There are two possible endings to this story. The product owner may believe that the product has a future, that the balance between new features and cost reduction allows for a pause in new features. That would lead her to prioritize the refactoring on top of the product backlog. Alternatively, she may consider that the product may not be mature enough, that its future is still too uncertain to invest in consolidating tasks, or that the customers would complain about another urgent bug not being fixed soon enough. Both decisions are valid, because that’s the product owners choice, based on business value.
Let’s consider code beauty again, from the angle of business value. When facing an implementation choice, should a developer opt for solution A, which uses ugly code, or for solution B, which is beautiful? That’s not the right question: from the end user’s perspective, the alternative doesn’t make any sense. The user won’t look at the code, especially if the product is not good enough to be even tried. So the developer should choose the solution that brings the most value to the product.
The risk is that the product becomes more expensive without any real added value. Would you be willing to buy a piece of furniture twice the normal price because the craftsman uses the most expensive tools available? And what would you think of a poor craftsman who, using poor equipment, manages to create great furniture? Who’s the best craftsman of the two?
If a product is good, it will run for a long time. The developers will have the opportunity to improve the inner workings. Take Drupal for instance. On the inside, it show numerous code smells that may repel many developers. Yet it’s used by millions of websites. And because of that success, the Drupal core team needs to make Drupal more robust. At the time of writing, Drupal is being migrated to Symfony2 components, which are considered the bleeding edge of code quality for now.
In my opinion, regardless of the design patterns or programming languages you use, if you can make a useful product, you’re a talented programmer. If you can make a useful product AND find customers willing to spend more to get beautiful code inside, you’re both talented and very lucky. But that probably won’t last long, because soon enough one competitor will provide the same service but cheaper, and you will lose your customers.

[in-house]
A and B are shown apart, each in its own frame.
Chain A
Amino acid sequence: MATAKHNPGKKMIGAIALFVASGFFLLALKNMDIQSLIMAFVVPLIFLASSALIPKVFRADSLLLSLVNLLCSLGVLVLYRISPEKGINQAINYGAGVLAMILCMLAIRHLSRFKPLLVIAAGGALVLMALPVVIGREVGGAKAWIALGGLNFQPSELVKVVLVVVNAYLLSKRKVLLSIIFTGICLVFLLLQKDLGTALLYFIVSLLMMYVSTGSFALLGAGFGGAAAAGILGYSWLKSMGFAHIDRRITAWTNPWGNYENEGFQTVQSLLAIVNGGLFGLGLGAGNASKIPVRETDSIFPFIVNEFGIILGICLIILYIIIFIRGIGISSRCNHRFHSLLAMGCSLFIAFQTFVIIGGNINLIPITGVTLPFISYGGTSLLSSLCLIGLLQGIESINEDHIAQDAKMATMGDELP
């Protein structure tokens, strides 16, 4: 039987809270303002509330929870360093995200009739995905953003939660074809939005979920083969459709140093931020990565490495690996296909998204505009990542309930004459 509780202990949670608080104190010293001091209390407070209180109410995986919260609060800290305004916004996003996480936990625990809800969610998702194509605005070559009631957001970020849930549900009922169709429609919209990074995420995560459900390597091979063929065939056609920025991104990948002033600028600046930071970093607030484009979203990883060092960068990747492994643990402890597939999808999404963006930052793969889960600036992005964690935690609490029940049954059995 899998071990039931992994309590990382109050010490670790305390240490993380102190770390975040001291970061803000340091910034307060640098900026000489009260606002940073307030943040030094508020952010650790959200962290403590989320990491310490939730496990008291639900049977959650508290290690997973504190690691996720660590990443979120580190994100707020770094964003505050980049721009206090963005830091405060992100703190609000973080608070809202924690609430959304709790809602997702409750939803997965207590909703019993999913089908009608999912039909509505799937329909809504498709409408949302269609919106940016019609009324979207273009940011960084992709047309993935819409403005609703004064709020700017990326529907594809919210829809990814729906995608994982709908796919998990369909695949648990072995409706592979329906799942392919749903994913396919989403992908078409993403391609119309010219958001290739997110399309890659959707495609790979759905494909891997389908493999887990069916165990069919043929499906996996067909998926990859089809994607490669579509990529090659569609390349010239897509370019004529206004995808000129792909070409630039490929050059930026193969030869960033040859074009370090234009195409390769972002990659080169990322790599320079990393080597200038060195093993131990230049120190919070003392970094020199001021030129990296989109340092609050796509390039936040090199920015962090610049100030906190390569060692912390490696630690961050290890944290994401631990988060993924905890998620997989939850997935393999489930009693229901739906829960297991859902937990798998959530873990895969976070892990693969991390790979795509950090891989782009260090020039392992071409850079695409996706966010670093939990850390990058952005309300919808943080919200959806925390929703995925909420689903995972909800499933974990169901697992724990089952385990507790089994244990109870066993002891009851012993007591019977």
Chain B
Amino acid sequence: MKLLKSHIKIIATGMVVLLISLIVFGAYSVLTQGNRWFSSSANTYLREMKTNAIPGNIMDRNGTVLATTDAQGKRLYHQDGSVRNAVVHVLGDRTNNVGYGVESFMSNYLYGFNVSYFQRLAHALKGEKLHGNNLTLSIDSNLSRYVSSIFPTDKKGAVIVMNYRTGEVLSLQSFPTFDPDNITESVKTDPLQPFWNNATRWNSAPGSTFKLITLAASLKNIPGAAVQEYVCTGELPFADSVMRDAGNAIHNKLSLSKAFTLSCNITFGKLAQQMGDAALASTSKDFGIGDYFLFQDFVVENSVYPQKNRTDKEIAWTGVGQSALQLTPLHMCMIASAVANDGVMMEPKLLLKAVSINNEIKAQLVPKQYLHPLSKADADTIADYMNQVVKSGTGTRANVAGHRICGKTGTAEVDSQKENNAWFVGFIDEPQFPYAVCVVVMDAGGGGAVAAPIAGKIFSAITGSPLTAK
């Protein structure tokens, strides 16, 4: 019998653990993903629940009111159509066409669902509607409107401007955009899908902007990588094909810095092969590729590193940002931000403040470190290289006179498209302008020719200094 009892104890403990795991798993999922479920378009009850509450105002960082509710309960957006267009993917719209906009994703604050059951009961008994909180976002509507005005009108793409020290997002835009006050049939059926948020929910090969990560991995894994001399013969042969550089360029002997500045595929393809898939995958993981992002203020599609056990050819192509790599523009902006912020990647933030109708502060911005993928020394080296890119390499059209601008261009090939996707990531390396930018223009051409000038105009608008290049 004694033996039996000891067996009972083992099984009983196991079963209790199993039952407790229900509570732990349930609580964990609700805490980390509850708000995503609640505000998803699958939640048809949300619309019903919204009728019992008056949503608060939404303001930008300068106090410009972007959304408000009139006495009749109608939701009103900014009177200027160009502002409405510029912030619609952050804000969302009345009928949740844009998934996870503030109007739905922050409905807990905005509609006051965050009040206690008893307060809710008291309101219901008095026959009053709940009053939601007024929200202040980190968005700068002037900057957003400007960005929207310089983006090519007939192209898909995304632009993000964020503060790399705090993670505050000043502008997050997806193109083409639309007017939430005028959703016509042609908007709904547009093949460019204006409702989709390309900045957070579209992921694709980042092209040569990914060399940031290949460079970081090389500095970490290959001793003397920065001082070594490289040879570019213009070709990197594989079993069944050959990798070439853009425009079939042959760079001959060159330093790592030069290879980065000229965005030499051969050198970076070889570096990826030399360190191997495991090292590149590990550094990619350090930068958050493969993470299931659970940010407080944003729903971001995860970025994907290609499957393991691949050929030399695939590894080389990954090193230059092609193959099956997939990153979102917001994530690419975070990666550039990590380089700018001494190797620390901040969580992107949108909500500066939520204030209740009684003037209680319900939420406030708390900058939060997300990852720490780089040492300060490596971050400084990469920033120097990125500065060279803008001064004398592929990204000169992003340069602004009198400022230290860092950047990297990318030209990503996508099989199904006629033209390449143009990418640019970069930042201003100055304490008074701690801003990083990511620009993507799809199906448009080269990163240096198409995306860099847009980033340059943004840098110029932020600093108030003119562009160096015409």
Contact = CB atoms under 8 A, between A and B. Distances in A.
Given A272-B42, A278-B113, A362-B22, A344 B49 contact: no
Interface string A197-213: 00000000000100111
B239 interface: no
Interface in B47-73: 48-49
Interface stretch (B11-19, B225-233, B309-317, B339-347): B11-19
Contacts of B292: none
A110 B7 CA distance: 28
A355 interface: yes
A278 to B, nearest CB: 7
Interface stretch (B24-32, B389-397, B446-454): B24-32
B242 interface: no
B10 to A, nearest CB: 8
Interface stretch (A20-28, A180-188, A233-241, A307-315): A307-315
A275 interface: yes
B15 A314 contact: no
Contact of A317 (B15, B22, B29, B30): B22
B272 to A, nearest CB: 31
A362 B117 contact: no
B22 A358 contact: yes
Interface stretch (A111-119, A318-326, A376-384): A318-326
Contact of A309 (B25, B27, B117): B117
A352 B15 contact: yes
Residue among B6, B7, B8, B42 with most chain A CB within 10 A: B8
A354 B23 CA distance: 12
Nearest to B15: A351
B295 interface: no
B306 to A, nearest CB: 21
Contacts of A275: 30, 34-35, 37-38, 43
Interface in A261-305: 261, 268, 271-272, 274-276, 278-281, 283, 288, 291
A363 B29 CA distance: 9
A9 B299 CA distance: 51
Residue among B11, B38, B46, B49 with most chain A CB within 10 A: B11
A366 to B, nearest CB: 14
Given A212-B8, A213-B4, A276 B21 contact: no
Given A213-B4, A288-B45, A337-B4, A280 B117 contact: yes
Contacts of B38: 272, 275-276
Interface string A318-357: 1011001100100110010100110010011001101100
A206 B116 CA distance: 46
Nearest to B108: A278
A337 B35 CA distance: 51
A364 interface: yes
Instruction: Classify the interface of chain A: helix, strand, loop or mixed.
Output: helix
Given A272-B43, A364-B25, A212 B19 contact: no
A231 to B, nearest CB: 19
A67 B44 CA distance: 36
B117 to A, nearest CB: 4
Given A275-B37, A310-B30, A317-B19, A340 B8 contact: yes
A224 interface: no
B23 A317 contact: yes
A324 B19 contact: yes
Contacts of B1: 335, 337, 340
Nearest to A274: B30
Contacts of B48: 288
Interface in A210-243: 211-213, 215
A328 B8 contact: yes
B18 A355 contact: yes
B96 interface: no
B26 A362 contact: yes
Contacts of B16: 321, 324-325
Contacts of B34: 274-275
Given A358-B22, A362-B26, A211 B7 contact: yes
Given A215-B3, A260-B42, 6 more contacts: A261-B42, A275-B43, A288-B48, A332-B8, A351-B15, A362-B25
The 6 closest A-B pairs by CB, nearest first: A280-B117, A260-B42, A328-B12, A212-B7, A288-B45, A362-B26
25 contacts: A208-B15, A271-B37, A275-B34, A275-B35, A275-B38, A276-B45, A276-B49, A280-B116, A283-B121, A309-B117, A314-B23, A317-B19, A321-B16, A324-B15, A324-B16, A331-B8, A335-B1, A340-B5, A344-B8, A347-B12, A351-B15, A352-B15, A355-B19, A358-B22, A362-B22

The only people who can make a living by creating beautiful things that none use are artists. Developers are not artists. They make a living by creating things that people do use.
The title of this post is intentionally provocative. Developers should not be looking forward to writing ugly code. That would mean doing a bad job, and nobody wants to suck at their job. Developers should have pleasure working, and that means writing at least good enough code.
And once a codebase reaches minimum quality level so that developers are happy working with it, the code quality level should be a feature, in the hands of the product owner.
Fortunately, apart from applying the lessons of the OO paradigm theoricists literally, developers have several other ways to be happy with their job. I find huge satisfaction in building products that are profitable, or that improves people’s lives. I love when someone digs in a script I’ve written, and understands it immediately. I am proud when people build other products on top of products I’ve developed.
If you’re a developer, you have a huge creative capacity in your hand, but you’re not an artist. Try to have fun developing products more than programs.
Published on 04 Jun 2013